Innovation

India’s New IP Policy: A “Bare” Act?


emperors new clothes

I assumed the Hindu op-ed would be the last of my writings on that delightful document titled the “National IPR policy”; one that spewed out many a seductive IP slogan.

Unfortunately, that was not to be: and I had to do a second take on this policy in the Deccan Herald. Likening the new policy to the Emperor’s new clothes, a famed fable of a vain king who struts around stark naked after being made to believe that he’d been woven the finest of clothes.

And for those that bore of some of the repetitive statements I make, there are two more engaging pieces by Dr Majeed (of the Sami Labs fame) and KM Gopakumar (third world network) in the same paper. And if you bore of them as well, there’s a wonderful piece by Prof Srividhya Ragavan in the Hindu Business Line titled “A Policy Without Intellectual Clarity” where she notes:

“At first glance, the policy certainly reflects invested effort and interest. Yet, the document begs the question of “why a policy on IPR” and “why now.” Generally, policy documents signify a way forward before major amendments are executed. Considering that only a few years back India went through extensive legislative activity amending its patent, copyright, trademarks and design law, the reason for the current policy initiative remains unclear.

Maybe, the Prime Minister’s US trip, which begins on June 4, provides a reason. But Obama is a lame-duck president. Even the US Constitution under the 20th Amendment recognises that during the last year of an official’s term, the executive wields less influence with other politicians due to their limited time left in office. There should never be a need for India’s Prime Minister to create policy documents to please the president of the United States. What’s more, this certainly is not such a moment.”

Anyway, for those interested, I reproduce the text of the piece I wrote for the Deccan Herald (unfortunately, the online version appears to have placed some para’s wrongly–which I’ve corrected below).

India’s New Intellectual Property Policy: A Bare Act?

In Hans Christian Anderson’s classic, “The Emperors’ new clothes”, a vain emperor is promised the finest of robes by two treacherous tailors. They con the emperor and his courtiers into believing that the material is so fine that it can barely be seen; in any case, they cunningly caution that those unfit for office would never be able to see it. After being paid handsomely, these creative crooks come up with absolutely nothing! But convince the emperor to strut around stark naked, believing that he’d been vested with finest of robes! A Barmecidal feast of sorts for the eyes! While all of the adult kingdom and the royal retinue play along (for who would wish to be labeled as unfit for office), a little child yells out: but the emperor is naked!

One couldn’t have found a more fitting frame for India’s new IP policy. After two years, two “think tanks” and a splurging of hard earned tax-payer money, all we have is a rather pompous sounding policy; one that is long on seductive slogans and short on substance. And therein lies the genius of this document: soporific statements on “missions’, “visions” and what not: and yet when one digs deeper, one finds nothing more than a mouth of multitudinous platitudes!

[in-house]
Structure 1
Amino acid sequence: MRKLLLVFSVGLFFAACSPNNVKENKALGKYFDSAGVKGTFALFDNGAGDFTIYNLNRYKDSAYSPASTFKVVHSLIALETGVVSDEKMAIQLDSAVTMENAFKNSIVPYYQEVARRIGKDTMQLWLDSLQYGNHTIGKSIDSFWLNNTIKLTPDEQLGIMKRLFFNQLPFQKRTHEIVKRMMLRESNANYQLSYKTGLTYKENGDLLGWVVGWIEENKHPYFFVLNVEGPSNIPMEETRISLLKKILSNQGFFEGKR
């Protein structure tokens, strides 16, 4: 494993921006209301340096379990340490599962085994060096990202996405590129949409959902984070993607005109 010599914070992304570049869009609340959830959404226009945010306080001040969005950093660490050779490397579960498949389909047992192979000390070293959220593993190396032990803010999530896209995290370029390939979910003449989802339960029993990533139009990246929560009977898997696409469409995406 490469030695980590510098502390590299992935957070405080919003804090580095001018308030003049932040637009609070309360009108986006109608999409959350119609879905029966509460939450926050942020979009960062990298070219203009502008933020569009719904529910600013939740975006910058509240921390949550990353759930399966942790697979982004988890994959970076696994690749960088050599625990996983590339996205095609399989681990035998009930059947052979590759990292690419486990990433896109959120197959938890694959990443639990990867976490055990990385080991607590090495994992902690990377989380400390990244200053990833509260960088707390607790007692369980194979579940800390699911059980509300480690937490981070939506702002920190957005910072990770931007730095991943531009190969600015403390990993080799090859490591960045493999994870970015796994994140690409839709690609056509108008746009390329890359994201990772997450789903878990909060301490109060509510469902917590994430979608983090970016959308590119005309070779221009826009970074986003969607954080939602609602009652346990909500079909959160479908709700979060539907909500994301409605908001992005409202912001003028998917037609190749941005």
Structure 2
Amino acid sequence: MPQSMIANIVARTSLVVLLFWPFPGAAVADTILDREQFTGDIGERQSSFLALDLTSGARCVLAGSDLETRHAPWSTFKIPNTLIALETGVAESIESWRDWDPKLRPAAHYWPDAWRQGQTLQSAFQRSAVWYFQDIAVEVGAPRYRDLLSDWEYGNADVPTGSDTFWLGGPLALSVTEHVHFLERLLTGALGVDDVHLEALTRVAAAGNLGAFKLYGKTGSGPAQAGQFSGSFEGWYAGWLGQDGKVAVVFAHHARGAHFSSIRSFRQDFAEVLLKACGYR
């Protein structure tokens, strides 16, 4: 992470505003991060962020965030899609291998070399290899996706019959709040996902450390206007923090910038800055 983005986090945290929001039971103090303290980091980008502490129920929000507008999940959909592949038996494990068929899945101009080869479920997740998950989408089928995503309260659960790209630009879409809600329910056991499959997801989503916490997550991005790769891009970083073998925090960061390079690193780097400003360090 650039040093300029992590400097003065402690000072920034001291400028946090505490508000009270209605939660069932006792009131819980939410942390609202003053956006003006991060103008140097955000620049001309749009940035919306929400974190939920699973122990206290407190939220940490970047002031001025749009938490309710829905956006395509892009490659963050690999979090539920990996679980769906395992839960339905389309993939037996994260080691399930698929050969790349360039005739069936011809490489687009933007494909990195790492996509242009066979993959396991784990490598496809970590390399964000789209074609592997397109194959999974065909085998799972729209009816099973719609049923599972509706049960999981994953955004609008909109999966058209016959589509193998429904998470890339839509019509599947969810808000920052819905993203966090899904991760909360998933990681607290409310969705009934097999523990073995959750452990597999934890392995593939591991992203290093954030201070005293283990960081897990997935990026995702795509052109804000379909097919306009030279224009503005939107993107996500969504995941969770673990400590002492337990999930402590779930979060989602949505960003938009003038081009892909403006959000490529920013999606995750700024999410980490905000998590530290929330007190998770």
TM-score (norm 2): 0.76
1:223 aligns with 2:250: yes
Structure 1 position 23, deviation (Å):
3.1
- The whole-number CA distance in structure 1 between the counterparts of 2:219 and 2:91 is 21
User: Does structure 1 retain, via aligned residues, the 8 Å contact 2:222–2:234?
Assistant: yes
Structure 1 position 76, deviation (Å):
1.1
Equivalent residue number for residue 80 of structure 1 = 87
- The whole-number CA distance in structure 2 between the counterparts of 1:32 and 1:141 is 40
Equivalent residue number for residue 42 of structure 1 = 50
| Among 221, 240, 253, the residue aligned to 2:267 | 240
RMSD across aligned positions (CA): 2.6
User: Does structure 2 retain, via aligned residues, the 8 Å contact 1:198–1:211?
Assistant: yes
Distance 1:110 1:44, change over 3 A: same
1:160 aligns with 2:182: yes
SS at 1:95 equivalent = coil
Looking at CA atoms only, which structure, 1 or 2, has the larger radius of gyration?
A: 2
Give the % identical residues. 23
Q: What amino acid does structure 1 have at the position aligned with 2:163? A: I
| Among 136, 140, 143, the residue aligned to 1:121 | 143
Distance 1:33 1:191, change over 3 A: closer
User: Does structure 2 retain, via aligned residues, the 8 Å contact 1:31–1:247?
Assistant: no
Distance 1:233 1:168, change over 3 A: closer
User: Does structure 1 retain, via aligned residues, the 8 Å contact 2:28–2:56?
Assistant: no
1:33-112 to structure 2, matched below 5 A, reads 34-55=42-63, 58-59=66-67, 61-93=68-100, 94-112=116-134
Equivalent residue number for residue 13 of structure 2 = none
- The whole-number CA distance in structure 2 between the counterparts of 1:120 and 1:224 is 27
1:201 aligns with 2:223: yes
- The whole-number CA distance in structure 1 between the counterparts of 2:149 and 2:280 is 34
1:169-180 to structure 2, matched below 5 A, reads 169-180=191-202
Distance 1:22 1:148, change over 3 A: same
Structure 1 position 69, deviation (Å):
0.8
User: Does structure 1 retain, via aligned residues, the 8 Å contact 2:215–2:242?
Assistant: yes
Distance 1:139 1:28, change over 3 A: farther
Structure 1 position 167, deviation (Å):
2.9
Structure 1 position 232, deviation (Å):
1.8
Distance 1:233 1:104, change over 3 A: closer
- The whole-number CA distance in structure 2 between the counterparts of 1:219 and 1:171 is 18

Had this policy been benign, it would have been okay to confine it to the bin, where it belongs. Unfortunately it contains ridiculous assertions that merit rebuttal. The entire edifice of the present IP policy is built on a highly tenuous claim that more IP means more innovation. This ill conceived assumption results in a number of problematic assertions such as the exhortation that all publicly funded scientists and professors compulsorily convert all of their discoveries into IP assets, much before they have even written this up and published it in reputed science journals. And that the mere reproduction of a Bollywood flick in a theatre would result in criminal prosecution and punishment!

Interestingly, the policy speaks about creating “respect” for intellectual property. Why “respect”? Given that intellectual property has had a chequered history (with many viewing it as an inequitable tool of economic exploitation), “respect” is hardly the appropriate term. More so when IP is not an end in itself but a mere means to an end, namely creativity and innovation. Sometimes more IP serves that end, and sometimes less is more! Unfortunately, the policy takes a very formalistic and reductionist view of IP and fails to situate it within the larger innovation context.

The policy suffers from extremely shoddy drafting and research, as evident from the following:

  1. Open innovation is mentioned in a section titled “IP generation”
  2. The policy speaks of the need for commercial IP courts, when just a couple of months prior to the unleashing of the policy, this very same government had steered a commercial courts legislation to success. Further the policy speaks about housing all of the IP agencies within DIPP, when again, this was done a month prior to the release of this present policy. The government should at least have been uptodate when formulating the policy